Voice training is as important now as it ever was, but Aled admits the discipline to train can be difficult. The couple have different approaches – Aled can often be caught singing out on the farm, but Eleri prefers to be by a piano.
For the duets, they will often steal an hour from their working day, perhaps after lunch if it is raining. “Duets are a big challenge for a marriage!” laughs Aled.
They still have voice coaching. “We often liken it to sportsmen like Andy Murray or Mo Farrah who have coaches even though they are at the top of their sport,” says Aled.
“If we didn’t have that other pair of ears, we could slip into bad habits. To reach a certain standard you must have that weekly session.”
Both Aled and Eleri enjoy nurturing the vocal abilities of others. She teaches singing, mostly to children, while he conducts a small community choir at Cilycwm.
The choir consists mostly of farmers and so it only meets three or four times a year. “We have to avoid busy times such as lambing and harvesting, it is always a challenge to get everyone together,” says Aled.
Concert engagements that clash with lambing are also best avoided for Aled and Eleri. “We are too knackered to sing!” Aled admits.
“To sing well, you have to give your body the right amount of sleep and rest and that becomes more of a challenge as you get older.”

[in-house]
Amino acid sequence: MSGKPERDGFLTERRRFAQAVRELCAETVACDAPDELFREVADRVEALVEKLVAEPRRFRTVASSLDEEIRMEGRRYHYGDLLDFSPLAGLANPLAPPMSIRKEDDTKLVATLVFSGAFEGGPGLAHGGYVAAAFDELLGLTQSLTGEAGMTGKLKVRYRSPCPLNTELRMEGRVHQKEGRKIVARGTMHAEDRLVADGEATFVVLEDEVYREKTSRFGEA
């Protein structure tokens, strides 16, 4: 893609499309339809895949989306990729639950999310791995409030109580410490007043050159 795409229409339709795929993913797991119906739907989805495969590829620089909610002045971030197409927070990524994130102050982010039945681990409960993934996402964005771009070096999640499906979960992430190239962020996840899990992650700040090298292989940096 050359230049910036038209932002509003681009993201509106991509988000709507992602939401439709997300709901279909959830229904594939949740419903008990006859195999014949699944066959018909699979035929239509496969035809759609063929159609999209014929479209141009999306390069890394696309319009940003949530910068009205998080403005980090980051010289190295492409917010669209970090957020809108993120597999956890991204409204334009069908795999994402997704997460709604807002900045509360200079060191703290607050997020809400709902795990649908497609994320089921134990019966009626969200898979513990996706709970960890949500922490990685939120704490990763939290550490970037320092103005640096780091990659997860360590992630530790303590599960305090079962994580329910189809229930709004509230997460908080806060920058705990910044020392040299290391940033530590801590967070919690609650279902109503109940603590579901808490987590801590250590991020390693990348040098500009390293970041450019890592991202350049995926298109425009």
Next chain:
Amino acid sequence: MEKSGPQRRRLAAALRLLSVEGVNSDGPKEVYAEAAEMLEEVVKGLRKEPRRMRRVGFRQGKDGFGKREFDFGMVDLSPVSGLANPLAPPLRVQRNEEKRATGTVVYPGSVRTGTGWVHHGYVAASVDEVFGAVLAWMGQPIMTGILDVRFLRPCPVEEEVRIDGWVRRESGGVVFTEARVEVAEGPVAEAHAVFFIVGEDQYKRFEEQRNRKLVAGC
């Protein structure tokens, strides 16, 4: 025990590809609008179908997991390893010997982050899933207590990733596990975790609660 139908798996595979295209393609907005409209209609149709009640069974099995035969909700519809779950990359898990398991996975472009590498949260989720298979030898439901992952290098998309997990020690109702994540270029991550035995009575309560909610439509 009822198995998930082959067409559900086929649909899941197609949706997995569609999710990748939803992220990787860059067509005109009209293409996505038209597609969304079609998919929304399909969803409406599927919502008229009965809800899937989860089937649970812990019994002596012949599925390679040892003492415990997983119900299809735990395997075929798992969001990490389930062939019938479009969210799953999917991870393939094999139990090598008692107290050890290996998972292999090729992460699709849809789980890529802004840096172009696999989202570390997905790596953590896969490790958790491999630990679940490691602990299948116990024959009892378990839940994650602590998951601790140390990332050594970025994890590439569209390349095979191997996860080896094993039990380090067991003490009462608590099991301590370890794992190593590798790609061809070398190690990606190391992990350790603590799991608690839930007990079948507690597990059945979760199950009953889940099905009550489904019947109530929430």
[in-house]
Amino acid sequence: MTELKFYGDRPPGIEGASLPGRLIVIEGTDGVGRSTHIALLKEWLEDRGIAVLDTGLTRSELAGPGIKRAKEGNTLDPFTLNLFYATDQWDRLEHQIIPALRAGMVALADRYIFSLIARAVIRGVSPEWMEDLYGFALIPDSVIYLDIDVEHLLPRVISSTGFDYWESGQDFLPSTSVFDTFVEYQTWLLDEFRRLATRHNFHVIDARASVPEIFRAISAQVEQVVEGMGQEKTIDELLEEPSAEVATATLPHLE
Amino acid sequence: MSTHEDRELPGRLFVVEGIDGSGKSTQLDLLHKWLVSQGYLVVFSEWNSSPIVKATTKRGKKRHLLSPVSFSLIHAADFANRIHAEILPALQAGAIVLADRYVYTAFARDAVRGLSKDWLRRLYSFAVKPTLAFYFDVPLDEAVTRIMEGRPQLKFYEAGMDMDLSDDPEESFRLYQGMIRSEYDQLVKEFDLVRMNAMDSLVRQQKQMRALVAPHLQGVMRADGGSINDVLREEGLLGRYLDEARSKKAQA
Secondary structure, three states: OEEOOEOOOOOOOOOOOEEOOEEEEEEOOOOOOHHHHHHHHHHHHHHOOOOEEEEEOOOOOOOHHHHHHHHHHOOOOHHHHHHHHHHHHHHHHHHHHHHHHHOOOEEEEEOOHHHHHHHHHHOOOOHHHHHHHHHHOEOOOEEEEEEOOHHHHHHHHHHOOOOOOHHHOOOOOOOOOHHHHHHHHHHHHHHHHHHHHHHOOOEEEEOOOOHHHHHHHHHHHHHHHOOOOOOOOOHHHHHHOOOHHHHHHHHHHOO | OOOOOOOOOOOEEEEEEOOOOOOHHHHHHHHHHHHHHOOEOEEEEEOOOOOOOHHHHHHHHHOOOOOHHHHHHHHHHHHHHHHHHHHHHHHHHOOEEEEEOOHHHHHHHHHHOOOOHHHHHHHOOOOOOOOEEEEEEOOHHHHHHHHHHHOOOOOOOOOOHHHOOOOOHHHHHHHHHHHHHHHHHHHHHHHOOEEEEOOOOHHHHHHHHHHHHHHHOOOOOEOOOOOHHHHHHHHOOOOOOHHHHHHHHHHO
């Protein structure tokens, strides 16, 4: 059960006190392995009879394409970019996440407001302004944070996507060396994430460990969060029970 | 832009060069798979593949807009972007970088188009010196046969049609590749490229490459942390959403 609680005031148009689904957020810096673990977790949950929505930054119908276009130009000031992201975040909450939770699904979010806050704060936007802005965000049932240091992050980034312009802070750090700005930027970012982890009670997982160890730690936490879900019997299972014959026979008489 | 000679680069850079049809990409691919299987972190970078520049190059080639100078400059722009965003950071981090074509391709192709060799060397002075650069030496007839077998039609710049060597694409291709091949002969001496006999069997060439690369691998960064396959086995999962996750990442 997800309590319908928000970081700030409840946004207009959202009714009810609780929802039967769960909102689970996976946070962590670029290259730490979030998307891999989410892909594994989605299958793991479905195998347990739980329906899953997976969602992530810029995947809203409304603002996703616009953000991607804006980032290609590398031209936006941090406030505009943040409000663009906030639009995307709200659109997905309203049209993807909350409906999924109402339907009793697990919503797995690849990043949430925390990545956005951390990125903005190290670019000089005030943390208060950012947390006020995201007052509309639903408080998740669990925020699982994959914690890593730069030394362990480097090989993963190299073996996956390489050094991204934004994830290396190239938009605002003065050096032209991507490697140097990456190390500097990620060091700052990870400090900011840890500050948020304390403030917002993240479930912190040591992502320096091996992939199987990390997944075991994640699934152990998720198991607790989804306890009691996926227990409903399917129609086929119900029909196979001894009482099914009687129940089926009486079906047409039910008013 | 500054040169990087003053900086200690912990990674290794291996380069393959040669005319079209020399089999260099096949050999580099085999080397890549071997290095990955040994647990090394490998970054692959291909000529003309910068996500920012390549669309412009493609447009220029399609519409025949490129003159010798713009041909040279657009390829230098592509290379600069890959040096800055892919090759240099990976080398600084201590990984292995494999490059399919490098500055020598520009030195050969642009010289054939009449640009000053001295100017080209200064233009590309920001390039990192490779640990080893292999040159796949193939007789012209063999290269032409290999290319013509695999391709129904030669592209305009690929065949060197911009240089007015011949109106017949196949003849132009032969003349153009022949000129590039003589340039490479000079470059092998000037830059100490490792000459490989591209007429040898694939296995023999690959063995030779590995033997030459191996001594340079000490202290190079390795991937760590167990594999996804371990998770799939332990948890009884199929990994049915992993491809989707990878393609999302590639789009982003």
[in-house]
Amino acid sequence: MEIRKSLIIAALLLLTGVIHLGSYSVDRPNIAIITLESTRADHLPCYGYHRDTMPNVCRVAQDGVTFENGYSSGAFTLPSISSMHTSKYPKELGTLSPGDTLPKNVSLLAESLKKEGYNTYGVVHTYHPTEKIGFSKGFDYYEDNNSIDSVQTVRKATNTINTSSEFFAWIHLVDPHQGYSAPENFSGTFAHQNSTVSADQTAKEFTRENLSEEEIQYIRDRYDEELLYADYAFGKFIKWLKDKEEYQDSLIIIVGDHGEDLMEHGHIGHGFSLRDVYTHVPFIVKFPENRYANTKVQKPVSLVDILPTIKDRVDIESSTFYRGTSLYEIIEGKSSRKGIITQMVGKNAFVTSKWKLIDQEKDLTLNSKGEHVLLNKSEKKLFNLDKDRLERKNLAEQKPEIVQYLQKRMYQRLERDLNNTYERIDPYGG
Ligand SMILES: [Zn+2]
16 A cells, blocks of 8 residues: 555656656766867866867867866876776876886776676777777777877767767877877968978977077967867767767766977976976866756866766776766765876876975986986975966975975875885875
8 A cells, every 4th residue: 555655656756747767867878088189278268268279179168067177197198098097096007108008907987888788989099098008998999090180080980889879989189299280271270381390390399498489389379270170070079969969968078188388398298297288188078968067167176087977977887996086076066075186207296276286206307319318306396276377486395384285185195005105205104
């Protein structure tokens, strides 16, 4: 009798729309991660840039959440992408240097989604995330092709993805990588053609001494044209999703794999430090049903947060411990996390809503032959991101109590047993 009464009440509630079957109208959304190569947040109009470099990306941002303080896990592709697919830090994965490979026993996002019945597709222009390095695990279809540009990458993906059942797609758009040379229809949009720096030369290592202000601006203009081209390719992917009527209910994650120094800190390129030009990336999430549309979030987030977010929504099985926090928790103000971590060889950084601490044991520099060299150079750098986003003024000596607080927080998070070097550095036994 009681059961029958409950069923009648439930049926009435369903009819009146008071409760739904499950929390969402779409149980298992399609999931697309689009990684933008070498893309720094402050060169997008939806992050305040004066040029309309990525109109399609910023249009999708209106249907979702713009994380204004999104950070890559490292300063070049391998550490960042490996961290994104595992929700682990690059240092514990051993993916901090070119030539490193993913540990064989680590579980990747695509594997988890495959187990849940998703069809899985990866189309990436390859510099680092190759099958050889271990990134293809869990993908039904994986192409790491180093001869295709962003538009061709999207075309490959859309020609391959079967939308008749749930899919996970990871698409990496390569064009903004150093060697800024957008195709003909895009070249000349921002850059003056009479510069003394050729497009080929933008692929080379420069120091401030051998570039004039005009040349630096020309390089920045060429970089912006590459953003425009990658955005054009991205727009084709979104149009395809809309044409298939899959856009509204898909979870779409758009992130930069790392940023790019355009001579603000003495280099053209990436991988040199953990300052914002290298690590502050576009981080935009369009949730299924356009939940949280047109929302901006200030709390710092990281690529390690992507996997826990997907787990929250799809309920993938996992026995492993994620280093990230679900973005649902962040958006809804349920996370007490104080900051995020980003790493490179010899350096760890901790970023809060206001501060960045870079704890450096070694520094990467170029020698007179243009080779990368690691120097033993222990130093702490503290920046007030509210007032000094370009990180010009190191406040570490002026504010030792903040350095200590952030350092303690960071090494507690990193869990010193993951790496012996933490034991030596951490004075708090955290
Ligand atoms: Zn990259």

As well as having a number of concert bookings already in the diary for 2017, the year also looks promising on the livestock front.
The couple have just launched semen sales from a new bull, Fenomen, which they own jointly with Jim Bloom in Yorkshire. Aled and Jim spotted Fenomen at a show in France and, instead of bidding against each other, agreed to buy him jointly.
“His progeny is starting to come through so it’s exciting times in that respect because I believe the breed needs a new bloodline,” says Aled.
And with the launch of their new CD, the year is full of promise. Aled and Eleri can’t imagine a life void of singing, but acknowledge that there may come a time when they perform less in public.
“It’s a fickle business, but we will continue to sing while we enjoy it,’’ says Eleri.
Snippets from their new CD can be heard at www.aledaceleri.co.uk, where it can also be purchased.